What can we say in conclusion about Pope and Swift? To state the obvious, human nature is immutable and projects devoted to perfecting humans are destined to fail. Also, satire is a very effective weapon. Truth, matched with wit, is a powerful combination.

If you’re a Christian, it’s okay to be a misanthrope like Swift. Let’s be honest, all this love thy neighbor/love your enemy stuff gets carried out way too far. Tough love is much better. If you love your neighbor to the point that you’re tolerating open borders, foreign wars, and drag queen story hour, you’ve got a problem.

In conclusion, we need to emulate men like Pope and Swift. They were the coolest guys in town in their own time, and their work has lived on until ours. If you match truth and wit with intelligence and real learning, you just might leave a legacy that people will be talking about 100 years from now.

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“Juvenal Early” is a contributor to Barely A Blog. His 2020 piece, “The Dissident Right Has An Idiocracy Problem,” created quite a buzz.

* Screen picture credit here

UPDATED (9/23/022): The Genius Of Erik Larson

Art, English, Environmentalism & Animal Rights, History, Literature, Science

Thanks are owed to the good friend who introduced me to the genius of author Erik Larson.

I’m finishing up Thunderstruck, so am learning more about Marconi than my old man, a PhD RF (wireless) engineer, knows. I do appreciate now the magic and mystique of the rather rarefied field of wireless. In fact, I’m quite captivated by it.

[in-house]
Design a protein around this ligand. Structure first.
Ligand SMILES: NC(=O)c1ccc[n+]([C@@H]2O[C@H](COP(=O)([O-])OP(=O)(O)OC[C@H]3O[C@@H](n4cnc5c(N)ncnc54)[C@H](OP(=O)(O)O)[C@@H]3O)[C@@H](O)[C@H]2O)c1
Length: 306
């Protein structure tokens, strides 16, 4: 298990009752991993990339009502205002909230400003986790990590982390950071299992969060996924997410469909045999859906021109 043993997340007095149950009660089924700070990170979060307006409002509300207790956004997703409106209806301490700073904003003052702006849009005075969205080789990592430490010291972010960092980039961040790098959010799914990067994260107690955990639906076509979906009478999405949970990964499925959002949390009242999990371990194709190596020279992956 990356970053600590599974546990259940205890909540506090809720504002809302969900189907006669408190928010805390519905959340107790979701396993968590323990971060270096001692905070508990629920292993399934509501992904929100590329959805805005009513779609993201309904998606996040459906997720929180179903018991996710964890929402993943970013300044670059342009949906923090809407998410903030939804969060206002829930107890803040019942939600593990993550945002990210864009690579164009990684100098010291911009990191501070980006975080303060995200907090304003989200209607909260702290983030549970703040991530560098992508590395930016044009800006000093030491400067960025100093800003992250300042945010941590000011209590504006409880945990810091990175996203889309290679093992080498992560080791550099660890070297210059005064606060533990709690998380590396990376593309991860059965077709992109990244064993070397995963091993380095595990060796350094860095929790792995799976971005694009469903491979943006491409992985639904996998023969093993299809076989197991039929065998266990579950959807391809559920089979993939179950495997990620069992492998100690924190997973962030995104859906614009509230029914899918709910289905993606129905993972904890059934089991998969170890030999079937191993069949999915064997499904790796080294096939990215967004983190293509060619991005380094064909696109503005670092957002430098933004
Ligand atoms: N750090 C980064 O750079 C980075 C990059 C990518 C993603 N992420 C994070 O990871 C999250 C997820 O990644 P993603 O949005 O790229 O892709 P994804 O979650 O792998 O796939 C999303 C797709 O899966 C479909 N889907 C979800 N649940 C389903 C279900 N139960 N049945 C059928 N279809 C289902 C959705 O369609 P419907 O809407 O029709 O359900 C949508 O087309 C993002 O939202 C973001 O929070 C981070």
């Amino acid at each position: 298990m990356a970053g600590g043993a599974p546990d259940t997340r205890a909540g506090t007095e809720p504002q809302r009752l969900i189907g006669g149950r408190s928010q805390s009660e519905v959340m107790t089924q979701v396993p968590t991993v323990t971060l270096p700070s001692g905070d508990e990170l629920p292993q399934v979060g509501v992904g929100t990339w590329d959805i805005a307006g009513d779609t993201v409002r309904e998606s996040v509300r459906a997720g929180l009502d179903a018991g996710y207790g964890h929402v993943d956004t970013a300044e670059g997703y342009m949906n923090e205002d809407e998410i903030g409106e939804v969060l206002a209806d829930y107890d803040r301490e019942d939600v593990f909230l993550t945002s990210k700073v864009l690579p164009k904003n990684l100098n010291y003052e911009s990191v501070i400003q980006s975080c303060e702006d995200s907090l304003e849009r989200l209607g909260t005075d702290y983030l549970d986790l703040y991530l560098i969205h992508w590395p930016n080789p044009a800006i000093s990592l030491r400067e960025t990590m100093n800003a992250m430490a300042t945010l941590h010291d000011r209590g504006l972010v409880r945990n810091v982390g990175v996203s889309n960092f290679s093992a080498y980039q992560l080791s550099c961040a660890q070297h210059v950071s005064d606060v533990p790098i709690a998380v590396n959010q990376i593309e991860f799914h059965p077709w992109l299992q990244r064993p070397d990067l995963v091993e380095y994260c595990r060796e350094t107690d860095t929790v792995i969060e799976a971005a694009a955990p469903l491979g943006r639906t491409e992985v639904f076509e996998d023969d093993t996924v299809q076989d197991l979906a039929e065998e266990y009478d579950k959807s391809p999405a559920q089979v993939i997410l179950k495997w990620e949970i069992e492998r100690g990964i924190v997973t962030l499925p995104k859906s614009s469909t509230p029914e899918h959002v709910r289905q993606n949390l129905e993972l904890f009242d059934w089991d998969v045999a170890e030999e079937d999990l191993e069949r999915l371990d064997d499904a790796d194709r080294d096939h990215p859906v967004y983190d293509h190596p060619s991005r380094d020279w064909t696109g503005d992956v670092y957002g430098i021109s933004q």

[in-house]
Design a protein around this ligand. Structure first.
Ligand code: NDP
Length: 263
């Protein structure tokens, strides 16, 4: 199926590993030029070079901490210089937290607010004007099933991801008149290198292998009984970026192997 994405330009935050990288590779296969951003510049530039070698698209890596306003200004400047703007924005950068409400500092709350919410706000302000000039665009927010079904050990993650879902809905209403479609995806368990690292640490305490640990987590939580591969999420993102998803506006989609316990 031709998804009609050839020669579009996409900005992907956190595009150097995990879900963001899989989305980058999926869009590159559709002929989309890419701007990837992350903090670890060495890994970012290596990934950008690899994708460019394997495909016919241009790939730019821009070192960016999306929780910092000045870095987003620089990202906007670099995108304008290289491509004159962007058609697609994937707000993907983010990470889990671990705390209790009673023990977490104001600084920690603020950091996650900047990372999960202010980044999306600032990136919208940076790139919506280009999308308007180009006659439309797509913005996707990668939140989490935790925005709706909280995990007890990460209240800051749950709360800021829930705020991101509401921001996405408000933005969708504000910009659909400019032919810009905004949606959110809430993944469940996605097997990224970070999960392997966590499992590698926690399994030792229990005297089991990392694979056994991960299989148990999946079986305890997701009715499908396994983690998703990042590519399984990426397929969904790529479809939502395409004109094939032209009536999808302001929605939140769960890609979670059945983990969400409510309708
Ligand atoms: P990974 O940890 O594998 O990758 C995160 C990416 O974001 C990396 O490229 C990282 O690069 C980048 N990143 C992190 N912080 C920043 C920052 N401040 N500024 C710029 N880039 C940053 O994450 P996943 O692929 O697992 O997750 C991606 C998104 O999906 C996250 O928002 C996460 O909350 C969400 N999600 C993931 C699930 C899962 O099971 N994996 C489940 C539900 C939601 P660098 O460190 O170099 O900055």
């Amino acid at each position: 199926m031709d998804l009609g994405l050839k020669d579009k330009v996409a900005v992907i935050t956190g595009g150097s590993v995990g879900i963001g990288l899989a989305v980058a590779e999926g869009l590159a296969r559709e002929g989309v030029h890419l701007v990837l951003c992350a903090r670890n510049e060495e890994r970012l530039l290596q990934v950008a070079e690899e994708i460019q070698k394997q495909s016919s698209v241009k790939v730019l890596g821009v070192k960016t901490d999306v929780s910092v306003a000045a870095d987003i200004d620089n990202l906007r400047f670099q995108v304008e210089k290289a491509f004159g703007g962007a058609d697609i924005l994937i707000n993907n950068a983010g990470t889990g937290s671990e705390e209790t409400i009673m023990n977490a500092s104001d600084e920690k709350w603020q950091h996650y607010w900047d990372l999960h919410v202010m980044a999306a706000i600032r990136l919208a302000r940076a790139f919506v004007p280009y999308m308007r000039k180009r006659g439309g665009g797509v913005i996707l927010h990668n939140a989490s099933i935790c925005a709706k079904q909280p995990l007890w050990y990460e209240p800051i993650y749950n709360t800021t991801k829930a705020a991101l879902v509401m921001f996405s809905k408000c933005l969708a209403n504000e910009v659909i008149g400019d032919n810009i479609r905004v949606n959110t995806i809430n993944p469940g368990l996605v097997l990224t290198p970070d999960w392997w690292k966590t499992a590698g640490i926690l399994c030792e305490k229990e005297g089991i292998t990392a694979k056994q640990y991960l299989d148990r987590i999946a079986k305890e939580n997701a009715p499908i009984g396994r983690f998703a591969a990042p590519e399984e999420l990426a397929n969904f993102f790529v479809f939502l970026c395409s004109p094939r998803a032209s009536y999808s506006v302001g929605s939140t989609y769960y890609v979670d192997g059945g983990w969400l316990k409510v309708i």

Isaac’s Storm: A Man, a Time, and the Deadliest Hurricane in History is riveting—it taught me about the Galveston Hurricane, the most lethal natural disaster in US history, instantiating the arrogance of US climate scientists even in 1900. The state’s scientists dissed and cancelled (as in banned) the Cubans–who understood the science of hurricanes well before us–sacrificing about ten thousand souls.

I learned so much about the intrigue—and role of the British Empire, the Admiralty, in particular—in leading Lusitania, a luxury British passenger ship, right to the German, U-Boat assassins. The book is Dead Wake: The Last Crossing of the Lusitania.

And who knew Chicago had such uniquely problematic soil? Larson does! Just as he conveys a solid grip of wireless technology in Thunderstruck, or the science of hurricanes in Issac’s Storm, Larson goes into the geology of the city and the great architecture and architects of fin de siècle America, all in The Devil in the White City: Murder, Magic, and Madness at the Fair That Changed America. (George Washington Gale Ferris, Jr. wanted to best Gustave Eiffel, so he gave us the American version of  the Eiffel Tower, the Ferris wheel, which, during the 1893 World’s Columbian Exposition, carried up to … 2000 people. All new and wondrous to me.)

There are always parallel murder plots, where you learn about the mass murderer du jour or wife killer on the cross-Atlantic lam. These are made all the more suspenseful if you DO NOT GOOGLE them.